The two young medical students arranged to attend a course in the fundamentals of cancer at MD Anderson. It was the first trip to Texas for both men. Dr. Stone recalled: “Lloyd asked if I’d mind sharing a room, and I said, ‘Of course.’ We made reservations at the Shamrock Hotel, a first-class hotel near the medical center. As we stood on line to register for our room, the hotel manager asked us to step inside his office, where he told us, ‘Local custom does not permit us to take care of Dr. Ferguson, but we’d be glad to take care of you, Dr. Stone.’” The two friends shouldered the embarrassment and anger and spent the night together in a rooming house in the Black section of town. “That experience opened my eyes to the anger and pain Black Americans felt and the impact of blatant discrimination,” writes Dr. Stone.
Antiwar Protests and Medical Advances
Dr. Stone’s coming of age as a researcher at the National Institutes of Health was made memorable by his world-class mentors, such as pioneering immunologist Henry Metzger, MD, who not only mentored Dr. Stone in his laboratory, but also in antiwar protests. It was the height of the Vietnam War. Dr. Metzger was active in the Medical Committee for Human Rights (MCHR) and introduced Dr. Stone into the organization.
“Many of us in the MCHR provided medical support for the ‘March on the Pentagon,’ in October 1967. I participated in the event, mixing in with the crowd for about 6 hours…. It was very moving, especially to see veterans of Vietnam, some in wheelchairs, who were demonstrating against the war,” writes Dr. Stone. During this section, readers, especially those old enough to have been through those incredibly turbulent times, will marvel at how Dr. Stone faced the rigors of a burgeoning career and made his own contributions to social justice, along with being a young husband and father.
Dr. Stone does a good job of integrating his stories about treating patients with cancer and interweaving the medical advances that coincided with their treatment. Dr. Stone displays his prowess as a medical historian in this section, and, once again, readers will meet well-known oncology luminaries such as Drs. James and- -Jimmie Holland.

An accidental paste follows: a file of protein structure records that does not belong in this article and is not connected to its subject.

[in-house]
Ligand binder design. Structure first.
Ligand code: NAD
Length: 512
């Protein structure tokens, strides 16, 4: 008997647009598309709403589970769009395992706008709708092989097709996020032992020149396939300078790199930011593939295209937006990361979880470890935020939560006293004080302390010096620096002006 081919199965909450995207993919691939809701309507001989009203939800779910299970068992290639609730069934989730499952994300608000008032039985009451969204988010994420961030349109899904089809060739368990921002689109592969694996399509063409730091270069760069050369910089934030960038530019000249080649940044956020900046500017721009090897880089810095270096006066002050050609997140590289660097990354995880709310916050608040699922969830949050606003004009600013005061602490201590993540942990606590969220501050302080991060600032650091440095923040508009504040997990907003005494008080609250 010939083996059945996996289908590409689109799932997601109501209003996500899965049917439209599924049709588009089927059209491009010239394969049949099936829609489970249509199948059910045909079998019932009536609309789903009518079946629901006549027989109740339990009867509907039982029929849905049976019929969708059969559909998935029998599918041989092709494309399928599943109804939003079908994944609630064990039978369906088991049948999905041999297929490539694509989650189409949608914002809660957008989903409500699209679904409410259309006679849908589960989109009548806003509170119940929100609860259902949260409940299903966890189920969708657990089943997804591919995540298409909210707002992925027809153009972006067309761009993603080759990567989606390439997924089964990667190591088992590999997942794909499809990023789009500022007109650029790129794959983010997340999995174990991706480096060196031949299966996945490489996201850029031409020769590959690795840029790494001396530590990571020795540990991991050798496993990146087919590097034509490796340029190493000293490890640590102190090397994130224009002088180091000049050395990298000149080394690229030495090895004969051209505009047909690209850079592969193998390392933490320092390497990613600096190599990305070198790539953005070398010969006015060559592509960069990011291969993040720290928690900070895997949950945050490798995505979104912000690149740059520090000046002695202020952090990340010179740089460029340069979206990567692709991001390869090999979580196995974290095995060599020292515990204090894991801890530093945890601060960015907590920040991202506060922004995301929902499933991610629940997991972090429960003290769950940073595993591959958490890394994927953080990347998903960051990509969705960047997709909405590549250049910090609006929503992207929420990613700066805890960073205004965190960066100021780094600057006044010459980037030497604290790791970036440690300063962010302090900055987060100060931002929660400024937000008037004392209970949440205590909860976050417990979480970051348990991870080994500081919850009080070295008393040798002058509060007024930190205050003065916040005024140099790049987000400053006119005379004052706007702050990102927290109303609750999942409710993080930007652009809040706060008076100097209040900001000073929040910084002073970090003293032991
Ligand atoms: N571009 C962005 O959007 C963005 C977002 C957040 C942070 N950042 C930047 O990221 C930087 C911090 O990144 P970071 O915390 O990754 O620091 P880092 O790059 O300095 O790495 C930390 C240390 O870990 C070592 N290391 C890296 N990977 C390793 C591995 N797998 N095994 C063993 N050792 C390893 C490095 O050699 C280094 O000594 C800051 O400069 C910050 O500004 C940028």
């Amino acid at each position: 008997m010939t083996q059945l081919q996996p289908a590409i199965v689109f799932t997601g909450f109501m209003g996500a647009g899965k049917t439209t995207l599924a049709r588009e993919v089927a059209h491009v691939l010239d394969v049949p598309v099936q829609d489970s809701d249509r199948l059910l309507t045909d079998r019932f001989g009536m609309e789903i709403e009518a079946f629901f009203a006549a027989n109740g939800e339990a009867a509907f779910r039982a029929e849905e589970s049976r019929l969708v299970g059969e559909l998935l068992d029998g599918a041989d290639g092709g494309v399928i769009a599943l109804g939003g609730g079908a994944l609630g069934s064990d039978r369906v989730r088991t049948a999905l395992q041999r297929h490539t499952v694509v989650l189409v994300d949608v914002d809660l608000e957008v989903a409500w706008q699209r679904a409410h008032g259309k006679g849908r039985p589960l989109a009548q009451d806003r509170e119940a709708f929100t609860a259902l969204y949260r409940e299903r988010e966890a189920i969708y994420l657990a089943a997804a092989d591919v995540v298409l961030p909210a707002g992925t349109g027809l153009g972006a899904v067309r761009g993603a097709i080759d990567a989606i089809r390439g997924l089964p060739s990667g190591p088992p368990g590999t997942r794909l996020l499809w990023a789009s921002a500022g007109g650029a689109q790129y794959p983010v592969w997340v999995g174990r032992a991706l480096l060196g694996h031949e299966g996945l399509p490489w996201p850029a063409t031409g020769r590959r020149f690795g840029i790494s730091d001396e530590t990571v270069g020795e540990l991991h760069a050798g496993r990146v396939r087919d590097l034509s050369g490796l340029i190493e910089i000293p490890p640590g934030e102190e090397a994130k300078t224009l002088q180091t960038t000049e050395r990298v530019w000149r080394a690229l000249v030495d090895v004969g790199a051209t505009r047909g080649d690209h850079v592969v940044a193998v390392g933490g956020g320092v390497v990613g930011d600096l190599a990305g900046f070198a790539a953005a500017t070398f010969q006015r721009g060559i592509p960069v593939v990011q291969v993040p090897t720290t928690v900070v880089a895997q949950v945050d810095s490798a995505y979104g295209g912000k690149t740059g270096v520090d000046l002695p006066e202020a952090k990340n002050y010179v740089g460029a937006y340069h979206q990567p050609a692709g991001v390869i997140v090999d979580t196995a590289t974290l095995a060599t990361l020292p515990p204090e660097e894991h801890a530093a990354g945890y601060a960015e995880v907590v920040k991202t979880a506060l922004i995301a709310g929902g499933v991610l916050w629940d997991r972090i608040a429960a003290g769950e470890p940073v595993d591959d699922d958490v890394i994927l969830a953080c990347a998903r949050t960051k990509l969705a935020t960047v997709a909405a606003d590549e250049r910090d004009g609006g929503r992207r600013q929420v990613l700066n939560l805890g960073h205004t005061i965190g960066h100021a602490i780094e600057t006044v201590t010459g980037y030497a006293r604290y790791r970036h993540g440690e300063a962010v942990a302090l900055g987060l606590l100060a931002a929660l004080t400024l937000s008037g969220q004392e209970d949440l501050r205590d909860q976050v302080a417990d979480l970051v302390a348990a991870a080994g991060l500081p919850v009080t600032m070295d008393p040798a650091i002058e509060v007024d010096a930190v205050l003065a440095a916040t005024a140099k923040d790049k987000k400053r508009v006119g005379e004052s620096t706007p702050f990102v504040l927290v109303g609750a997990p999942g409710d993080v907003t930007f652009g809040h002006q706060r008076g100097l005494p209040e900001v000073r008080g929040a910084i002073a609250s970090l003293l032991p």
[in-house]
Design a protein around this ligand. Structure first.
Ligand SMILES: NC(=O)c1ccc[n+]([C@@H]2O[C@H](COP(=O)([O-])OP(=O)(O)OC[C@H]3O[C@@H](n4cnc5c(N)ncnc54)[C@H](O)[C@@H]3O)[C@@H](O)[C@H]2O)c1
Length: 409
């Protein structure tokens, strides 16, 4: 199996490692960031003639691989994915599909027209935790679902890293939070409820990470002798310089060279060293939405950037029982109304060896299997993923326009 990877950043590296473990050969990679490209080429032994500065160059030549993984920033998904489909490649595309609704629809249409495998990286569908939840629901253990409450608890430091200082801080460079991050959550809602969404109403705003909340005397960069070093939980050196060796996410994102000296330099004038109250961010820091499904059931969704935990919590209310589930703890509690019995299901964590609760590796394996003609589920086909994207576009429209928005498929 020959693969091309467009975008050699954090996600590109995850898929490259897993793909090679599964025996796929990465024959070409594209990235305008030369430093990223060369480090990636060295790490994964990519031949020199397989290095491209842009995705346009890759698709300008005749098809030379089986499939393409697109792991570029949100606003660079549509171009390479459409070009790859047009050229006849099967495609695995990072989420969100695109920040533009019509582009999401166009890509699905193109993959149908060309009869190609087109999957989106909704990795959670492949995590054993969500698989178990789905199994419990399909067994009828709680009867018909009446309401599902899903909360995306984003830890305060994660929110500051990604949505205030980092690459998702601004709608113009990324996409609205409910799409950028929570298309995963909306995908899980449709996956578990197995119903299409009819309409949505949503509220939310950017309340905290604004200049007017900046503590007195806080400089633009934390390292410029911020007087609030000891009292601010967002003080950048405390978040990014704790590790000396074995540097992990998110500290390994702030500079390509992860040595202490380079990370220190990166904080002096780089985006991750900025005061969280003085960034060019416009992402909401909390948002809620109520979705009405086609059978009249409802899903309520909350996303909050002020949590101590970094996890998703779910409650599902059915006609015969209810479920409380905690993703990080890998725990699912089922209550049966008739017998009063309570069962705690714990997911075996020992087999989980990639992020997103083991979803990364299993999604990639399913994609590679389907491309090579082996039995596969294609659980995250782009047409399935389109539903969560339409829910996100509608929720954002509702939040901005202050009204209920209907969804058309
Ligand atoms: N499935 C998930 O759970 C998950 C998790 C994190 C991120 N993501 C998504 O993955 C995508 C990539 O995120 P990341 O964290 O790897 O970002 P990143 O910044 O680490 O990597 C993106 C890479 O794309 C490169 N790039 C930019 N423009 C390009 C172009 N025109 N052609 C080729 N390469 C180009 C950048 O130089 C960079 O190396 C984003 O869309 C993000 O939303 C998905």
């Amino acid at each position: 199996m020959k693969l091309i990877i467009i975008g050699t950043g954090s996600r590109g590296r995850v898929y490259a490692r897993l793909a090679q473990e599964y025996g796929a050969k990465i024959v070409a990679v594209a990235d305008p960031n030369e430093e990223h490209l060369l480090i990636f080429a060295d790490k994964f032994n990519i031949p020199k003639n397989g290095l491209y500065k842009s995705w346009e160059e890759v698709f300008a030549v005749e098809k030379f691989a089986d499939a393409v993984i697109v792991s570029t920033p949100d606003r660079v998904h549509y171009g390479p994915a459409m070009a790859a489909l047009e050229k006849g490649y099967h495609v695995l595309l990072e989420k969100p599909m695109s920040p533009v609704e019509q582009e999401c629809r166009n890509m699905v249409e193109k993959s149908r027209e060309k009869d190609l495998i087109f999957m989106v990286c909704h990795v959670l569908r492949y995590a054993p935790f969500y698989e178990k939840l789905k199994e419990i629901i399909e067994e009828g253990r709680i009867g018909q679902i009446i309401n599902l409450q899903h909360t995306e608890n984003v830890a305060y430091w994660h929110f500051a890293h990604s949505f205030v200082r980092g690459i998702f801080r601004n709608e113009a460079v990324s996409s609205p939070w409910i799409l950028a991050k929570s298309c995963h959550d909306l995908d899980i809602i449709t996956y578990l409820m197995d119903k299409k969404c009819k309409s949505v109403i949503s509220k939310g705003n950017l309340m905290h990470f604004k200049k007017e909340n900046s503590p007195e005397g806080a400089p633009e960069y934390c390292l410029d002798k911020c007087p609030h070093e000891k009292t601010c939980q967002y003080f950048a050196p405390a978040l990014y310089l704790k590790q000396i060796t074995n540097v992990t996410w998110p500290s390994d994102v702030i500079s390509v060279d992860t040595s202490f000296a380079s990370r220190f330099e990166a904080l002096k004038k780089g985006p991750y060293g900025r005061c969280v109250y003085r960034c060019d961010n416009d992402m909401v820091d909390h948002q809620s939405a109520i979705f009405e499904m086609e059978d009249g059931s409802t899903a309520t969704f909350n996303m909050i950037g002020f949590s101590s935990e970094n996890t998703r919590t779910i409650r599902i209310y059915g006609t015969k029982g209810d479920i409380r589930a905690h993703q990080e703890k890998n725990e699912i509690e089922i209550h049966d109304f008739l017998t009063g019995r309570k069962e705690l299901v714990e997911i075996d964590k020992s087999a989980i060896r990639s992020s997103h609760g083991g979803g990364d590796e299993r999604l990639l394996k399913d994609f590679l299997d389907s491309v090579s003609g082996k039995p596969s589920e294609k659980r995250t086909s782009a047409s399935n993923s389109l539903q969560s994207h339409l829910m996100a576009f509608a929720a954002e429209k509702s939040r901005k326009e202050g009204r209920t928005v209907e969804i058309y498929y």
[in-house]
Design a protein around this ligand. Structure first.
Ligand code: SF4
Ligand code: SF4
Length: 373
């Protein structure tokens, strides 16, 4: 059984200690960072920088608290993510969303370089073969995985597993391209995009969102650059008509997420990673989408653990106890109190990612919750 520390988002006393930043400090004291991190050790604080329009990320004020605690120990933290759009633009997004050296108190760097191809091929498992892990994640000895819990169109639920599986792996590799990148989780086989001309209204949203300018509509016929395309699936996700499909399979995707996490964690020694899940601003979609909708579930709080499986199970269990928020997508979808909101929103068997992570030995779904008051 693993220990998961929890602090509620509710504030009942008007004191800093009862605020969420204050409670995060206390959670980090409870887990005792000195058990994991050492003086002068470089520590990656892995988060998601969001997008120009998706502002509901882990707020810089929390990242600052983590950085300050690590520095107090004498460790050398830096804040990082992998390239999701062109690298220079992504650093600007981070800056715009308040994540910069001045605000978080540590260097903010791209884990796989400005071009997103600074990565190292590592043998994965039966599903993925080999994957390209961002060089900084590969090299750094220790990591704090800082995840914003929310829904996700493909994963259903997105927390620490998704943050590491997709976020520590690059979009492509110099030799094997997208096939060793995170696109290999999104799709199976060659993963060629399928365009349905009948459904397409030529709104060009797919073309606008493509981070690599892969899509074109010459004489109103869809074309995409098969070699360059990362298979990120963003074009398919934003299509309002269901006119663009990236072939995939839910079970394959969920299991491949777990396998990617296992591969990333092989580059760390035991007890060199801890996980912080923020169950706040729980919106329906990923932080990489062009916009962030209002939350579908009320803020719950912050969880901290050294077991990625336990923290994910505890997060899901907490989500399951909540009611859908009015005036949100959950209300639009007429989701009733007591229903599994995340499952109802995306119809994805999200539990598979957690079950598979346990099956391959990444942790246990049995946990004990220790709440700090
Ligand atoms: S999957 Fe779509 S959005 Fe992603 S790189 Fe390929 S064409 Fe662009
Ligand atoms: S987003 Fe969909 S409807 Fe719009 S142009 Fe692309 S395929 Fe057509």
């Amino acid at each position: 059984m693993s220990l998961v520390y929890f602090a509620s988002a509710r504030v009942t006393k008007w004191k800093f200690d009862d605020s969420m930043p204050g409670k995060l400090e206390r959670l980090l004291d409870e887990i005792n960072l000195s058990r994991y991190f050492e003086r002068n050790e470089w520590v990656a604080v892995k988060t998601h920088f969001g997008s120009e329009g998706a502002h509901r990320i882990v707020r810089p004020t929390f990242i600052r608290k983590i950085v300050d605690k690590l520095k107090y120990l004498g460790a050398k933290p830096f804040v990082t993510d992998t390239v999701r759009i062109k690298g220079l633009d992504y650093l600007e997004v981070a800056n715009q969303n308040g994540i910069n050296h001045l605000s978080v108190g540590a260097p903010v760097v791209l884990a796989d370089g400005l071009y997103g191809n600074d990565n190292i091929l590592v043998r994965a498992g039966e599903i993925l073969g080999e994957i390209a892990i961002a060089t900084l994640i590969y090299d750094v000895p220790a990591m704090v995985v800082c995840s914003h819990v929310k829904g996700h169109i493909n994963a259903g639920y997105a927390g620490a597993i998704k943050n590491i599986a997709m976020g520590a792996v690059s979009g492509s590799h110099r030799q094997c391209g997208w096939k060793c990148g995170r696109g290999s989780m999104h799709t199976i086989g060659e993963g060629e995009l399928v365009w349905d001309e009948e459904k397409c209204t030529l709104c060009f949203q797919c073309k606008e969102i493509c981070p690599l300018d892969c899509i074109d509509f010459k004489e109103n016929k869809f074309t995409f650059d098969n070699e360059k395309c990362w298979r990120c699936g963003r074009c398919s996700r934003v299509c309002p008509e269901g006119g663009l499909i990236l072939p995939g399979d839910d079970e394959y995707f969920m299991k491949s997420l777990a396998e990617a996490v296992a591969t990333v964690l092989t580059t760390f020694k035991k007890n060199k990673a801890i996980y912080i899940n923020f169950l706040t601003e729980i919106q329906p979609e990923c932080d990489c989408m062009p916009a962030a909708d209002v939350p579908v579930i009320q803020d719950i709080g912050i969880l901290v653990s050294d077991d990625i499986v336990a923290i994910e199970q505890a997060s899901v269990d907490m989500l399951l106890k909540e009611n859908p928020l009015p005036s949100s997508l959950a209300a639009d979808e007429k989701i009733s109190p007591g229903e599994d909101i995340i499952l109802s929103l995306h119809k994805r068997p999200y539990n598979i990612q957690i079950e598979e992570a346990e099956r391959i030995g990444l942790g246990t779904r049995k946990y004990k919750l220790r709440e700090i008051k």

In addition, there is an especially lively and informative chapter on Judah Folkman, MD, who also graduated from Bexley, Dr. Stone’s high school alma mater. “Judah was 5 years ahead of me. His father was our rabbi…. I followed Judah’s career through the years,” notes Dr. Stone.
A Close Call and a Glimpse Into the Future
In Chapter 19, aptly titled “Derailment,” Dr. Stone offers a vivid description of his diagnosis of a serious heart condition that required surgery. However, persistent remnants of the condition forced him to give up his clinical practice, a devastating blow. “I knew it was the right thing to do, but, as anticipated, I missed my patients immensely.”
The last chapter is called “The Future of Medicine.” Here, Dr. Stone makes some bold predictions, among them: “Hospitals will decrease in number; many of those that remain will become giant intensive care units. Rehabilitation and assisted living units will proliferate. Telemedicine and virtual doctors’ visits will increase and expedite patient care. Whether quality of care will improve as a result remains to be seen. Concierge medicine will increase for those who can afford it.”
However, as medical technology races forward at dizzying speed, helping and sometimes displacing humans, Dr. Stone ended his fine memoir with a confident nod to the profession he cherished: “No other profession is like medicine…. What will not be altered by technology is the need for physicians to relieve suffering and embrace healing.”
Dr. Stone left his mark on medicine and shared it with confidence and clarity. His memoir is highly recommended for readers of The ASCO Post.